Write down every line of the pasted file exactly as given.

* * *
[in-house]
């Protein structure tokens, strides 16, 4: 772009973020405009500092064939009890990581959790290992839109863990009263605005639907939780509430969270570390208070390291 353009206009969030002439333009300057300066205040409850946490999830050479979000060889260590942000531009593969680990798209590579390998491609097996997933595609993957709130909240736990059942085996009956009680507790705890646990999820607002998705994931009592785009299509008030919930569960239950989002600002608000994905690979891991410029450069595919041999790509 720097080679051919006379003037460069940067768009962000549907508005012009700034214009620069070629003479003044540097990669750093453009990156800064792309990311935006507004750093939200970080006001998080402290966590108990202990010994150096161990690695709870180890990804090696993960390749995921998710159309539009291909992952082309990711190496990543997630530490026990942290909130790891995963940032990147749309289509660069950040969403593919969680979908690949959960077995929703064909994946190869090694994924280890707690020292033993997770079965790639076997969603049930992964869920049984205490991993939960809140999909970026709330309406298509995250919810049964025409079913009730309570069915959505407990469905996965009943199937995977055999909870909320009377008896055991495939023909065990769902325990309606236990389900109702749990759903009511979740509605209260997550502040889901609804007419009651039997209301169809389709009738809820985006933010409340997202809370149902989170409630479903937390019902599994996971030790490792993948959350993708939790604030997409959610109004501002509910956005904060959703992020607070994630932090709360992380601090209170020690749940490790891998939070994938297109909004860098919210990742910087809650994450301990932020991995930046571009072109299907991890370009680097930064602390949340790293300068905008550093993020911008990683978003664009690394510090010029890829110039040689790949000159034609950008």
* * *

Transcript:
[in-house]
């Protein structure tokens, strides 16, 4: 772009973020405009500092064939009890990581959790290992839109863990009263605005639907939780509430969270570390208070390291 353009206009969030002439333009300057300066205040409850946490999830050479979000060889260590942000531009593969680990798209590579390998491609097996997933595609993957709130909240736990059942085996009956009680507790705890646990999820607002998705994931009592785009299509008030919930569960239950989002600002608000994905690979891991410029450069595919041999790509 720097080679051919006379003037460069940067768009962000549907508005012009700034214009620069070629003479003044540097990669750093453009990156800064792309990311935006507004750093939200970080006001998080402290966590108990202990010994150096161990690695709870180890990804090696993960390749995921998710159309539009291909992952082309990711190496990543997630530490026990942290909130790891995963940032990147749309289509660069950040969403593919969680979908690949959960077995929703064909994946190869090694994924280890707690020292033993997770079965790639076997969603049930992964869920049984205490991993939960809140999909970026709330309406298509995250919810049964025409079913009730309570069915959505407990469905996965009943199937995977055999909870909320009377008896055991495939023909065990769902325990309606236990389900109702749990759903009511979740509605209260997550502040889901609804007419009651039997209301169809389709009738809820985006933010409340997202809370149902989170409630479903937390019902599994996971030790490792993948959350993708939790604030997409959610109004501002509910956005904060959703992020607070994630932090709360992380601090209170020690749940490790891998939070994938297109909004860098919210990742910087809650994450301990932020991995930046571009072109299907991890370009680097930064602390949340790293300068905008550093993020911008990683978003664009690394510090010029890829110039040689790949000159034609950008």